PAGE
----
> These are kind of like web remailers. The jondos all register with a
> server so they know which other jondos are out there running.
Yes, it's an interesting idea. Basically it works like this: The proxy server receives a request, and then forwards it to another jondo. That jondo then decides at random whether to get the web page from the server directly, or to forward the request to yet another jondo.
The authors point out a potential problem with this scheme: When a jondo recieves a request, there is a slightly higher probability that the requestor is the originator rather than an intermediary. Thus it is possible to statistically guess who is requesting what.
Their solution is to use a static system of connections, somewhat like a pipe-net, rather than a system in which the paths may change often. By creating a single path through which all requests from any given user are made, the statistical bias problems are eliminated. This also reduces the computational overhead by reducing the number of public-key encryption operations involved.
They also present a statistical evaluation of the traffic analysis problems inherent in a static-path recipient anonymity scheme. Most of these issues have previously been discussed in the context of remailer reply-blocks. Since the path can cross itself, or be forwarded to a collaborator's jondo, a forwarder along the path can watch messages and see where they go. This shortens the effective path for purposes of analysis, but doesn't conclusively identify the recipient, unless a substantial fraction of the users are collaborating against the rest.
The paper does not address the problems regarding the temporal nature of the information. Measuring the time between requests and responses, and knowing the types of delays inherent in the forwarding network allows an attacker to place an upper bound on the number of hops in the path. If, for example, the time delay between a user's browser receiving the text of an HTML page and when it sends requests for the images contained therein is sufficiently short, it could conclusively identify the originator of the request. Even if the intermediaries were unable to decrypt the request, a feature not present in their current design, the user could still be linked with the web page that was requested, through traffic analysis or collaboration with the end-server.
Since users are unlikely to tolerate long delays in retrieving the requested information, this suggests that any effective privacy-protecting system for web browsing would necessitate the use of a pre-caching system wherein the links on a web page would be pre-loaded and cached to minimize the ability of an attacker to measure the actual time between requests.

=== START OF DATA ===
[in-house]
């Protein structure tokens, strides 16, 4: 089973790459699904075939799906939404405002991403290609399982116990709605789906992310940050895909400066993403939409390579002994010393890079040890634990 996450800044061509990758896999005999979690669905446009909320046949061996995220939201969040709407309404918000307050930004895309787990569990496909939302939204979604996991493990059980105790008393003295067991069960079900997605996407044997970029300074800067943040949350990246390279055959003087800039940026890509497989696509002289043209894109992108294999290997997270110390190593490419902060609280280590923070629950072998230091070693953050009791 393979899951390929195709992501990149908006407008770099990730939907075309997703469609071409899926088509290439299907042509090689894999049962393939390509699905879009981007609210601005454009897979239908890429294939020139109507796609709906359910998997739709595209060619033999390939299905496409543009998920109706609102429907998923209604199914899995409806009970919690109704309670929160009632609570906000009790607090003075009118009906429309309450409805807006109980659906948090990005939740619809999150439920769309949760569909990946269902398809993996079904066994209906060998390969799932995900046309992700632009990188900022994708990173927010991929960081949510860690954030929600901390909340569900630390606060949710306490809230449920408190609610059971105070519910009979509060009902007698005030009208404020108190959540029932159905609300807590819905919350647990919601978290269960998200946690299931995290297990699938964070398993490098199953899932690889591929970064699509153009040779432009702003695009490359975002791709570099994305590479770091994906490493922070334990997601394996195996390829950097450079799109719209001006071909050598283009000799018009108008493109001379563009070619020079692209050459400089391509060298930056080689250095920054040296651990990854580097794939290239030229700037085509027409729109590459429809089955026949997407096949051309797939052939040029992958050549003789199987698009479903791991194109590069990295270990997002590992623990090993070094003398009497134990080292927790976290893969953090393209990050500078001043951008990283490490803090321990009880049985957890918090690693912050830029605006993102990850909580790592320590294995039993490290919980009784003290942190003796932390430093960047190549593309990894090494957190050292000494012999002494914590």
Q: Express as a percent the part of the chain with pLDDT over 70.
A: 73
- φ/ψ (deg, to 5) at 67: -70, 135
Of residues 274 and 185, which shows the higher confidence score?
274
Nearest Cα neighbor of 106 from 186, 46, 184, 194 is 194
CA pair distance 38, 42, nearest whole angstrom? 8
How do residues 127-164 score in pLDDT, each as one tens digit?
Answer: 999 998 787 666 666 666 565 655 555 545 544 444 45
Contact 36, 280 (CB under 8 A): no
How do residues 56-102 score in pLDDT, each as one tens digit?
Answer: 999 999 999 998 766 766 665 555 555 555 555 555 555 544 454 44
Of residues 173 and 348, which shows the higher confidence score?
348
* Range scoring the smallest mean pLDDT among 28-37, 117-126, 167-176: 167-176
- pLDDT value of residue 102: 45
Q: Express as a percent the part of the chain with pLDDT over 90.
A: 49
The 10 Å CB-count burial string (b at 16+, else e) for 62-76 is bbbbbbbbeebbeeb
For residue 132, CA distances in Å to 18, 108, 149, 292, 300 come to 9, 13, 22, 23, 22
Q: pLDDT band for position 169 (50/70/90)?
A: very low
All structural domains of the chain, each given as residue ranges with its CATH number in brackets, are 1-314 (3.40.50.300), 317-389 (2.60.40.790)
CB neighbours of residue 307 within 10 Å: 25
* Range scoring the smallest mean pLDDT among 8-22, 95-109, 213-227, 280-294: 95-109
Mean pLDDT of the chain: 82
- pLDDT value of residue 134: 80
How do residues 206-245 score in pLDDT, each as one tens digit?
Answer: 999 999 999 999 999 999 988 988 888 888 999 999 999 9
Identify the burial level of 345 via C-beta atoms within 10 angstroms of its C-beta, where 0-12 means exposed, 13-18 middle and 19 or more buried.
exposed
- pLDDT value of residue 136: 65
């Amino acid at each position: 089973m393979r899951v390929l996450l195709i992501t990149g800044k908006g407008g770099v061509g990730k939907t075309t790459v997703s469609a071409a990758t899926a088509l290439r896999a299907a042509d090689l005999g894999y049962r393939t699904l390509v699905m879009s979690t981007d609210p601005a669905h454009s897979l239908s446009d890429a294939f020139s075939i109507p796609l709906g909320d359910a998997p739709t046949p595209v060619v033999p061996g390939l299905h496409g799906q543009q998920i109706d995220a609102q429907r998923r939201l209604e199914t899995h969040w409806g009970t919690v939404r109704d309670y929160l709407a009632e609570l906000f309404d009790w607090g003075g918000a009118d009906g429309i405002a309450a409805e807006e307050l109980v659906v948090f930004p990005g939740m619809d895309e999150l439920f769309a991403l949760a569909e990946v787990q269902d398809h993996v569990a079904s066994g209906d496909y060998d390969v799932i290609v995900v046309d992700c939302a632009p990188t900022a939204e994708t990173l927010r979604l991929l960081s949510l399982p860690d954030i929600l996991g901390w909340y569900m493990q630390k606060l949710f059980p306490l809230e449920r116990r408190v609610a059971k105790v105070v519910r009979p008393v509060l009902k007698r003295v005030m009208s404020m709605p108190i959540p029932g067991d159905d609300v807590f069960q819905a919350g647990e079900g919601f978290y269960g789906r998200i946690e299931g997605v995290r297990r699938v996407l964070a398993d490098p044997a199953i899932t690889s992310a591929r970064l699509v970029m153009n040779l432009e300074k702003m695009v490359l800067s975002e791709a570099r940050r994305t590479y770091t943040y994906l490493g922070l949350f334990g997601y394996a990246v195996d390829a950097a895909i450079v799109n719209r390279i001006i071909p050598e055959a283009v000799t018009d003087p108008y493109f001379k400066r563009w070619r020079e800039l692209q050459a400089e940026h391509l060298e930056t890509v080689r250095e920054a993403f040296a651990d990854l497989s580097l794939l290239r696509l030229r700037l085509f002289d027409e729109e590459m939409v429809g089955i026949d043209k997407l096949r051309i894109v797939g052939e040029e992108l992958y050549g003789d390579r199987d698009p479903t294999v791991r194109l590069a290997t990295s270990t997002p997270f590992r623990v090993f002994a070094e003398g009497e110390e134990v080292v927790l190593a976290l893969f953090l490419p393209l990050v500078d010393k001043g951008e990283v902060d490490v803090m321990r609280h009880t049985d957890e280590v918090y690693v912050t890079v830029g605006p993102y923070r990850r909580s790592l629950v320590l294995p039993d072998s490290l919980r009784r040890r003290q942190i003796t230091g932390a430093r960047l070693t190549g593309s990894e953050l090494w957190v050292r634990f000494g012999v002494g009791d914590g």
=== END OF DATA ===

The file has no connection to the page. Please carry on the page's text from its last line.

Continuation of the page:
Date: Fri, 25 Apr 1997 01:24:29 -0700
From: Lucky Green <email@example.com>
Subject: Re: A new system for anonymity on the web
At 12:59 PM 4/20/97 -0700, Steve Schear wrote:
>What do you think of the "onion routing" approach from the group at Naval
>Postgraduate? How would compare it to this newest proposal?
Neither one of them is any good in its present form. The folks at the FC'97 rump session got to watch Jim and myself poke truck sized holes into the NRL design within seconds of them ending their presentation. :-)
Here was a US military research lab presenting a system they thought would give them a way to surf the Net anonymously by using the public for cover traffic. [Let me just spell out here that I believe that the people from NRL and Cypherpunks are on the same side on this issue. Their concern is COMSEC, not SIGINT.]
Anyway, we knew how to crack their system without even having to think about it, since folks on Cypherpunks, especially Wei Dai, had discovered various venues of attack on such systems long ago. Cypherpunks are teaching the military about traffic analysis. :-)
The one good thing about NRL is that they seem to be willing to learn. [The other being that they get paid to write our code for us.] Though I get the distinct feeling that they don't like the required solution. There is simply no way to harden the system against attack without using a constant or at least slowly varying (I would guess we are talking about periods of several hours here, certainly not minutes, but I haven't done the math, nor do I have the time to do so) bandwidth data stream between the end user and the first Onion Router. This will invariably require special software on the end user's machine. I think the best design would be a client side proxy. [That much Crowds got right.]
As to Crowds, they got to be kidding. How many end users are willing to become, even without their direct knowledge, the last hop to <enter evil URL here>? I believe that relatively few users would want their IP address to be the one showing up in the server log of <enter seized machine's name here> because their jondo happened to be the exit point chosen.
-- Lucky Green <mailto:firstname.lastname@example.org> PGP encrypted mail preferred
"I do believe that where there is a choice only between cowardice and violence, I would advise violence." Mahatma Gandhi